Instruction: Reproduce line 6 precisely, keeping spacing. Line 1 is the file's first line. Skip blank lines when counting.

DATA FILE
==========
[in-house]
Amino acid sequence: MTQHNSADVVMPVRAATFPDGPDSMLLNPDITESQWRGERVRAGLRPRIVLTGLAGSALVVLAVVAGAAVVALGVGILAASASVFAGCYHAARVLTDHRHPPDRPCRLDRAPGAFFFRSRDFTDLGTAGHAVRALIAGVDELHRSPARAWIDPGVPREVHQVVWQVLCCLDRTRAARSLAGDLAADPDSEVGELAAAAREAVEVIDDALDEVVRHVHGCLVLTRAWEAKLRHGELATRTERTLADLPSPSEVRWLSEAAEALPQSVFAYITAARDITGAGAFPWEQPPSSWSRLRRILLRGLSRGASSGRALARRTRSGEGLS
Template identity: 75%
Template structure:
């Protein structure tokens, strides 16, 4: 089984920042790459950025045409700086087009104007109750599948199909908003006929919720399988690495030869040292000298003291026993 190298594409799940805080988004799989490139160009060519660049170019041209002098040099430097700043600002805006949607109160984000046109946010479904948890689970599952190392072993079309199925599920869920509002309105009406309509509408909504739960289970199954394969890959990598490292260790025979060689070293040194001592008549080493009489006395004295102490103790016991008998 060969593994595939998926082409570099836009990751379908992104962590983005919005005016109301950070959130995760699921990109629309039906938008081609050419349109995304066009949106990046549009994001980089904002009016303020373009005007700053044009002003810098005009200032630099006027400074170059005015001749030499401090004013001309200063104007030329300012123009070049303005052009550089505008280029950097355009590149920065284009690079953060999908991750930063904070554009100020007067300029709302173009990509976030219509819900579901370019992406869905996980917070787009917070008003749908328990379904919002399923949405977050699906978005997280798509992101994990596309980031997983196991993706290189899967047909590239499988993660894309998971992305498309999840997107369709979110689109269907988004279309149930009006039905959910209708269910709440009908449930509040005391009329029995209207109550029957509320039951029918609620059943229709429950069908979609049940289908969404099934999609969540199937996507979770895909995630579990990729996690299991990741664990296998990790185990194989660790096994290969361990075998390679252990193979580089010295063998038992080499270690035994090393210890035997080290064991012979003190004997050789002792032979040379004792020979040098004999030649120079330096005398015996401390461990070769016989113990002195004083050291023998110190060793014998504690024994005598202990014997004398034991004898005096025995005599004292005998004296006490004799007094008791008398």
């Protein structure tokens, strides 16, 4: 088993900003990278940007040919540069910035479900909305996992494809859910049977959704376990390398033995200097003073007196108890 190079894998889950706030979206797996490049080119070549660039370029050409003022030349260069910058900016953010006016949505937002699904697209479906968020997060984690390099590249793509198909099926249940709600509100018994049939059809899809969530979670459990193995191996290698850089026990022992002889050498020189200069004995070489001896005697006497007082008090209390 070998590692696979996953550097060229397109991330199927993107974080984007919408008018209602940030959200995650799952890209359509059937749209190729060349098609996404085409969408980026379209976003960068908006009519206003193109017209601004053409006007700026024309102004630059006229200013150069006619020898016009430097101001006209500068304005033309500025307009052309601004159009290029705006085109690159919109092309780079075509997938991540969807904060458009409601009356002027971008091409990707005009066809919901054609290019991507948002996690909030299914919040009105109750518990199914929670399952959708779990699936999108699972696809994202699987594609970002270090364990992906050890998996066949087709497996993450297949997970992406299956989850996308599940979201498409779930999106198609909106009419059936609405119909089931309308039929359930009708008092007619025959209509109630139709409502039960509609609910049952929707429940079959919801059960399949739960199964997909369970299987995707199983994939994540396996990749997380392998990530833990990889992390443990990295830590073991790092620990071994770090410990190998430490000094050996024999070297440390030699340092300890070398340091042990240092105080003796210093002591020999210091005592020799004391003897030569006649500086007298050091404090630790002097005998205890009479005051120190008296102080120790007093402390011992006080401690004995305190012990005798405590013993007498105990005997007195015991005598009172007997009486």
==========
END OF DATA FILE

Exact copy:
């Protein structure tokens, strides 16, 4: 088993900003990278940007040919540069910035479900909305996992494809859910049977959704376990390398033995200097003073007196108890 190079894998889950706030979206797996490049080119070549660039370029050409003022030349260069910058900016953010006016949505937002699904697209479906968020997060984690390099590249793509198909099926249940709600509100018994049939059809899809969530979670459990193995191996290698850089026990022992002889050498020189200069004995070489001896005697006497007082008090209390 070998590692696979996953550097060229397109991330199927993107974080984007919408008018209602940030959200995650799952890209359509059937749209190729060349098609996404085409969408980026379209976003960068908006009519206003193109017209601004053409006007700026024309102004630059006229200013150069006619020898016009430097101001006209500068304005033309500025307009052309601004159009290029705006085109690159919109092309780079075509997938991540969807904060458009409601009356002027971008091409990707005009066809919901054609290019991507948002996690909030299914919040009105109750518990199914929670399952959708779990699936999108699972696809994202699987594609970002270090364990992906050890998996066949087709497996993450297949997970992406299956989850996308599940979201498409779930999106198609909106009419059936609405119909089931309308039929359930009708008092007619025959209509109630139709409502039960509609609910049952929707429940079959919801059960399949739960199964997909369970299987995707199983994939994540396996990749997380392998990530833990990889992390443990990295830590073991790092620990071994770090410990190998430490000094050996024999070297440390030699340092300890070398340091042990240092105080003796210093002591020999210091005592020799004391003897030569006649500086007298050091404090630790002097005998205890009479005051120190008296102080120790007093402390011992006080401690004995305190012990005798405590013993007498105990005997007195015991005598009172007997009486």